Intractable, or Things Not Taken Back

Her words seek to pause her,

insisting that she consider the hornets’ nest.

She responds,

“I know what intractable means,

but how do you unrape someone?”*

I’ve thought about this question

in the hours before I fall asleep

and in the mornings while I ready myself.

Each time I heed her point,

seeing on a vivid stage both the hornet flying,

and the hornet’s wings ripped off.

Sometimes tormentors exist

to force words to be uttered.

To lay bare what we have pushed down.

To expose unspeakable truths,

and the power they can yield over us.

Not only us though,

as was the point wielded to chastise.

When we take what has changed our worlds,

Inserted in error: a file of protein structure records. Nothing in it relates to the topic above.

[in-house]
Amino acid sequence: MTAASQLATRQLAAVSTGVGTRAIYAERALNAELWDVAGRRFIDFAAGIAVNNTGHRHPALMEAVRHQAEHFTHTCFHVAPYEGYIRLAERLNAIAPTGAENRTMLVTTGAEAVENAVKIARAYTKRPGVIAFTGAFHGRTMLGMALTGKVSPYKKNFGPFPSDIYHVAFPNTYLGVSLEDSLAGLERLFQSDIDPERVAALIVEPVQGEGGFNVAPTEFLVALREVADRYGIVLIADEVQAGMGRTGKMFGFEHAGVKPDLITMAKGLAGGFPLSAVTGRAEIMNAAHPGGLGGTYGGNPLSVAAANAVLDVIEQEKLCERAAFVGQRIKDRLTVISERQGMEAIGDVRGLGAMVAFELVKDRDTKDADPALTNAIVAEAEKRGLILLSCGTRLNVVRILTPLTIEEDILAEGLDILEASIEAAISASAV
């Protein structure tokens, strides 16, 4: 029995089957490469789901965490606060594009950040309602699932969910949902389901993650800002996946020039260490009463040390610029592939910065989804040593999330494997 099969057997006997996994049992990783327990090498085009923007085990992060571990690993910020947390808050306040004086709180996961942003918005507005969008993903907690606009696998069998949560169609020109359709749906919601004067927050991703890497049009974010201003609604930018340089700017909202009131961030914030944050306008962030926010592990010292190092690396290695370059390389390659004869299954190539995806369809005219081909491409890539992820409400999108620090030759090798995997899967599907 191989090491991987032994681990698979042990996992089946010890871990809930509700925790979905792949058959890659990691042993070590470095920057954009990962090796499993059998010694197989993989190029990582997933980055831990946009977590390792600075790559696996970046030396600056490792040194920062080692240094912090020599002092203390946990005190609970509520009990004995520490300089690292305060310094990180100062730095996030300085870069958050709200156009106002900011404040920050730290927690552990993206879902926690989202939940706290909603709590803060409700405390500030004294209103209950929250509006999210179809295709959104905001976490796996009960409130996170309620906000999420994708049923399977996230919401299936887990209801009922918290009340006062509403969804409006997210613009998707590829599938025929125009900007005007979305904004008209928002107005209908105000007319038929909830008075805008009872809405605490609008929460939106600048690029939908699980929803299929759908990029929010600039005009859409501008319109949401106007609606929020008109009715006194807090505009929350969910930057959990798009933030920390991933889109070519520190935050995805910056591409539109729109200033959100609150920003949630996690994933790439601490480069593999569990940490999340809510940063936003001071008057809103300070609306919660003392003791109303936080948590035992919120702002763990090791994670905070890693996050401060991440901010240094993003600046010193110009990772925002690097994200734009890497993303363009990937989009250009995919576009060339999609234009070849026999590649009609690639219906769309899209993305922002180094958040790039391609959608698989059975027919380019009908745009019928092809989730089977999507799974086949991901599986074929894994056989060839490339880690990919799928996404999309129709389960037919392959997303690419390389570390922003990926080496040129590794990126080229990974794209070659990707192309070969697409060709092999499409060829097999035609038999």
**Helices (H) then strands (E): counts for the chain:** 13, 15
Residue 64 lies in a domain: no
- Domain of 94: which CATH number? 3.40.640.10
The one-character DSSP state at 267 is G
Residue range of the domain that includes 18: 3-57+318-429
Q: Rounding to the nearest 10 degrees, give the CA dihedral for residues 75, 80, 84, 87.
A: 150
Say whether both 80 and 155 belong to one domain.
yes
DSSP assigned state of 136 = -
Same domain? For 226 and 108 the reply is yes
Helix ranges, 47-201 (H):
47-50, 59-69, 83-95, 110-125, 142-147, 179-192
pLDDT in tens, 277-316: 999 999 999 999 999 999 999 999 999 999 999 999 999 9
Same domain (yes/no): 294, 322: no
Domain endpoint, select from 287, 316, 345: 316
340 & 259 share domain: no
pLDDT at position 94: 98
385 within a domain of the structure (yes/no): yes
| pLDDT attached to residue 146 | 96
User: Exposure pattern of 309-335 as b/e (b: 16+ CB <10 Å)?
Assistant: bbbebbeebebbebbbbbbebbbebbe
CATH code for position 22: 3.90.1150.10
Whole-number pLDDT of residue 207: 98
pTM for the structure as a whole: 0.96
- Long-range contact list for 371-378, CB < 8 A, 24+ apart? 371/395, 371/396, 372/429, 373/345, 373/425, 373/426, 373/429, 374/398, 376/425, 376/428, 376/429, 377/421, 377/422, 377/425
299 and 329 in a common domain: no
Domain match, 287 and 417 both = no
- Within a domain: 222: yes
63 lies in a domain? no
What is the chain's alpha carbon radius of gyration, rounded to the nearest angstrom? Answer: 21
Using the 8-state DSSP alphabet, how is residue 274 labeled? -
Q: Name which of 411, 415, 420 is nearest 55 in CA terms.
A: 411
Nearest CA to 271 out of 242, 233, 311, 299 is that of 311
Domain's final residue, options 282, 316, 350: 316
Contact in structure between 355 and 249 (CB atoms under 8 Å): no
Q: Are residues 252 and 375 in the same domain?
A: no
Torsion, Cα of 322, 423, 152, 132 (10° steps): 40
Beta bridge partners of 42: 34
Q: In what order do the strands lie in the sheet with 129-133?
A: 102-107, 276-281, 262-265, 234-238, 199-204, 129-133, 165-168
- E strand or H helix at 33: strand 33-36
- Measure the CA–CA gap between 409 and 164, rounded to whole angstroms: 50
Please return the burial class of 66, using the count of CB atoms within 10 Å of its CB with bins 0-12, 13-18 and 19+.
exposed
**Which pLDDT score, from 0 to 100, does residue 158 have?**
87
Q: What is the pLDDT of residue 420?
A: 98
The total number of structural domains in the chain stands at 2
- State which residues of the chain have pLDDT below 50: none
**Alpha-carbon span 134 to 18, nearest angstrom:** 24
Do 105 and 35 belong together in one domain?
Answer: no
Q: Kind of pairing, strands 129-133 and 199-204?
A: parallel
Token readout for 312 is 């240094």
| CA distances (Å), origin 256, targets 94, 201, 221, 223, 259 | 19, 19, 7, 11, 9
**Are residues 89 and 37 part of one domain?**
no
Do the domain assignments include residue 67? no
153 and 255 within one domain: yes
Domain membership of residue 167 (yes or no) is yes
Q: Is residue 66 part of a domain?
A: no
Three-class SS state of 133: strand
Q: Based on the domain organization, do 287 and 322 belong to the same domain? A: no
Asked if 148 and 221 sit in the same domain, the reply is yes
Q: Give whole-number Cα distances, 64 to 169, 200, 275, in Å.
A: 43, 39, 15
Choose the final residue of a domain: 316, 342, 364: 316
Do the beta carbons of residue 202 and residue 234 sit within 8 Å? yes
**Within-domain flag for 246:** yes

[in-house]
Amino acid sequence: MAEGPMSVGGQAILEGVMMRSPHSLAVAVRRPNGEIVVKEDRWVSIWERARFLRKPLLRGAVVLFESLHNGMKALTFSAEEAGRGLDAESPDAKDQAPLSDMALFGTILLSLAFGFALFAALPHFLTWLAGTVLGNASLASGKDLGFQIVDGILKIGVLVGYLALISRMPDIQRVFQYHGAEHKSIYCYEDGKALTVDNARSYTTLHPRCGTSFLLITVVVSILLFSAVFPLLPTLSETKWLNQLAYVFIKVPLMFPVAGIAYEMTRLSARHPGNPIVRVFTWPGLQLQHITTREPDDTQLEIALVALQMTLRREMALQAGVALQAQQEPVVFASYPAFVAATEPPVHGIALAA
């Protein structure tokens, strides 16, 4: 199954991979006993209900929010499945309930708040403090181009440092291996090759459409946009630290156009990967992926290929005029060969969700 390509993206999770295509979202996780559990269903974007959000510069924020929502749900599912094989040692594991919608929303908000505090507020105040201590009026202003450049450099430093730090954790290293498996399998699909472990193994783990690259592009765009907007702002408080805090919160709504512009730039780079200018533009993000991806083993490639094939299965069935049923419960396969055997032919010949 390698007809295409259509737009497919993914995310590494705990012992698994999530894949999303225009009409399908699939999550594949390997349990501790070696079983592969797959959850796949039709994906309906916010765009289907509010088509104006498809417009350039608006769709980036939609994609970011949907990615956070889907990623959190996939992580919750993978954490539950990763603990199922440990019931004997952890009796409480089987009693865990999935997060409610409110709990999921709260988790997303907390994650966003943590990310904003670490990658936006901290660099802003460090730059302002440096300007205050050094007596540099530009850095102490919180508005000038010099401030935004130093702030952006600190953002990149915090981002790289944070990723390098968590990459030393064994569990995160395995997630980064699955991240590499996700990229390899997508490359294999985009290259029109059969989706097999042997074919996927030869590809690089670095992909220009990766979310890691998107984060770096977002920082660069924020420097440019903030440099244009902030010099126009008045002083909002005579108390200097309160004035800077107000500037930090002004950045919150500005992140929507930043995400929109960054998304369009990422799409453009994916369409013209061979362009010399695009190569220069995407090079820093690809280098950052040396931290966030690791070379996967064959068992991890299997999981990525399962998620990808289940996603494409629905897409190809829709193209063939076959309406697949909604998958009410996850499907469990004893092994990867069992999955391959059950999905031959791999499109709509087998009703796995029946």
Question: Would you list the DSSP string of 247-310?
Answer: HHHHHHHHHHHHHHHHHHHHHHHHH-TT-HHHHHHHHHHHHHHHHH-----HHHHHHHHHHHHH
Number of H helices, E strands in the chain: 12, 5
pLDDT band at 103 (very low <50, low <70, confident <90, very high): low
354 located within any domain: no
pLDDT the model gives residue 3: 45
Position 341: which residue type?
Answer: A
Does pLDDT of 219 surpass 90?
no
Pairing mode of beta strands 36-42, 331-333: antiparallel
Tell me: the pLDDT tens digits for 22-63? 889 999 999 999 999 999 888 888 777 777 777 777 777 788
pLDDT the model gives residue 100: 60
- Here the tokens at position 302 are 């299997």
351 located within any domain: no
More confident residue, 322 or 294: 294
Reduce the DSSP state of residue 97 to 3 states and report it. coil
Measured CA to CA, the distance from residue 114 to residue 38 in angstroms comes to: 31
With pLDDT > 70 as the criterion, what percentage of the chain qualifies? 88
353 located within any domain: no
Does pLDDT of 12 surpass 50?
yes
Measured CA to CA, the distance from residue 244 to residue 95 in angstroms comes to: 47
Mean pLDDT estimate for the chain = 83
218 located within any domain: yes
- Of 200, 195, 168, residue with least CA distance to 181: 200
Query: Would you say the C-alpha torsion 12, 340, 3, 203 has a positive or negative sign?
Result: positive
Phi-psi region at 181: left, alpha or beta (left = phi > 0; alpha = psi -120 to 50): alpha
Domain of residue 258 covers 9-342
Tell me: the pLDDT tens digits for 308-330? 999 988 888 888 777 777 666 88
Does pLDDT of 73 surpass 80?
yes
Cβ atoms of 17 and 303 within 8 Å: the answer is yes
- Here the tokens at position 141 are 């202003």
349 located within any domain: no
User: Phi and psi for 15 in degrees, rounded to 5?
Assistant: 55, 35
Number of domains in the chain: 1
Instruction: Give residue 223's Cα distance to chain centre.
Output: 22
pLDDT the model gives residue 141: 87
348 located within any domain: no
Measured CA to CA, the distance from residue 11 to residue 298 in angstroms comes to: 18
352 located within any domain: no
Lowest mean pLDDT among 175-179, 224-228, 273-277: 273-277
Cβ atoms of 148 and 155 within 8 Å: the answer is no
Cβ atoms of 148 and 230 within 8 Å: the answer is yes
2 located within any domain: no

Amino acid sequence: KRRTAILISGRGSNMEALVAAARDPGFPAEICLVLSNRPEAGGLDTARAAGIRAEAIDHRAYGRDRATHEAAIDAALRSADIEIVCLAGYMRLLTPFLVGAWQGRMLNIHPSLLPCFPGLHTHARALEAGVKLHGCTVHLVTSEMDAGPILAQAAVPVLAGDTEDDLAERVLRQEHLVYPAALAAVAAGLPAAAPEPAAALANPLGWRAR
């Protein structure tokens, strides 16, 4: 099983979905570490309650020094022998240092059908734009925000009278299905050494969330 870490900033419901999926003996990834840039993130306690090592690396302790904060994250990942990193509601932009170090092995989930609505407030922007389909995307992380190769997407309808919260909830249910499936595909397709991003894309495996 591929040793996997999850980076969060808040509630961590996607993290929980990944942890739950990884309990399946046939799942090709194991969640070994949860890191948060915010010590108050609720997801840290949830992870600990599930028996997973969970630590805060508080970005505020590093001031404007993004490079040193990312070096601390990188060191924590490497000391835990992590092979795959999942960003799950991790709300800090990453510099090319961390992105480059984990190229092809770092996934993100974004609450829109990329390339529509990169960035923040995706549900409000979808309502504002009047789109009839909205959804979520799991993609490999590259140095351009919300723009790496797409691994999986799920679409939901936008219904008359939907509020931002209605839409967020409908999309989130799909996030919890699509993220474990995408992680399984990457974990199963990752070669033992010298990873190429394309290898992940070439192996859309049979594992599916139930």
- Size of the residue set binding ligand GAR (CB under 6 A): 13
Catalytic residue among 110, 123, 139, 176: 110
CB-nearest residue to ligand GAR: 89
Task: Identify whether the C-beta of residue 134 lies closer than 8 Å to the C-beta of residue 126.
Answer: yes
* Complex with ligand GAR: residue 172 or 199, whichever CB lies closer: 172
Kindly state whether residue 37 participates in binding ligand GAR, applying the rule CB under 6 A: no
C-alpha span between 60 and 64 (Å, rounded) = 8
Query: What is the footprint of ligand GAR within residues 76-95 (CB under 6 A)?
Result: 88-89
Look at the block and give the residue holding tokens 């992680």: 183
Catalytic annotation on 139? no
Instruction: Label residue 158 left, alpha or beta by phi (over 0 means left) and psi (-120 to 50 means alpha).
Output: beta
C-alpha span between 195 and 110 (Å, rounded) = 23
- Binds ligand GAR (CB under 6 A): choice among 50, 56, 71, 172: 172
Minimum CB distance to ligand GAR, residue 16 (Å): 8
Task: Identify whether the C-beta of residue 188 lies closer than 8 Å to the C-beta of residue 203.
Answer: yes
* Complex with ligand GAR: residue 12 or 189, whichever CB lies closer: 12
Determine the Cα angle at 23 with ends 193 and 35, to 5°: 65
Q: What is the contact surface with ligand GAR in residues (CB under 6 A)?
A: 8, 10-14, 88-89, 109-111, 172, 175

and threaten to let it change the world,

we can be sure that the devil will react.

The voice of permanence

seeks to taunt us

with how much worse things can get.

Staring us down

with instruments of challenge,

through characters we see as ourselves.

Those who stand to lose something.

Those who have lost control over us.

Those who behold our power

as the weapon it can become.

Missing that such weapons

never get laid down by aggressors,

and that by the time we consider

picking up our tools for survival,

the pull of self defense has reached us.

That pull,

the one we easily walk away from,

perhaps is the true image

of what remains intractable.

Words of life we speak out

when we’re most ready to die,

and perhaps least ready to fight ourselves.

*reference from Queen Sugar, season 1

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Writer. Thinker. Facilitator. Advocate. Invested in accountability for power based violence, creative initiatives, and meaningful, nuanced dialoguing.

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Amanda Lindamood

Writer. Thinker. Facilitator. Advocate. Invested in accountability for power based violence, creative initiatives, and meaningful, nuanced dialoguing.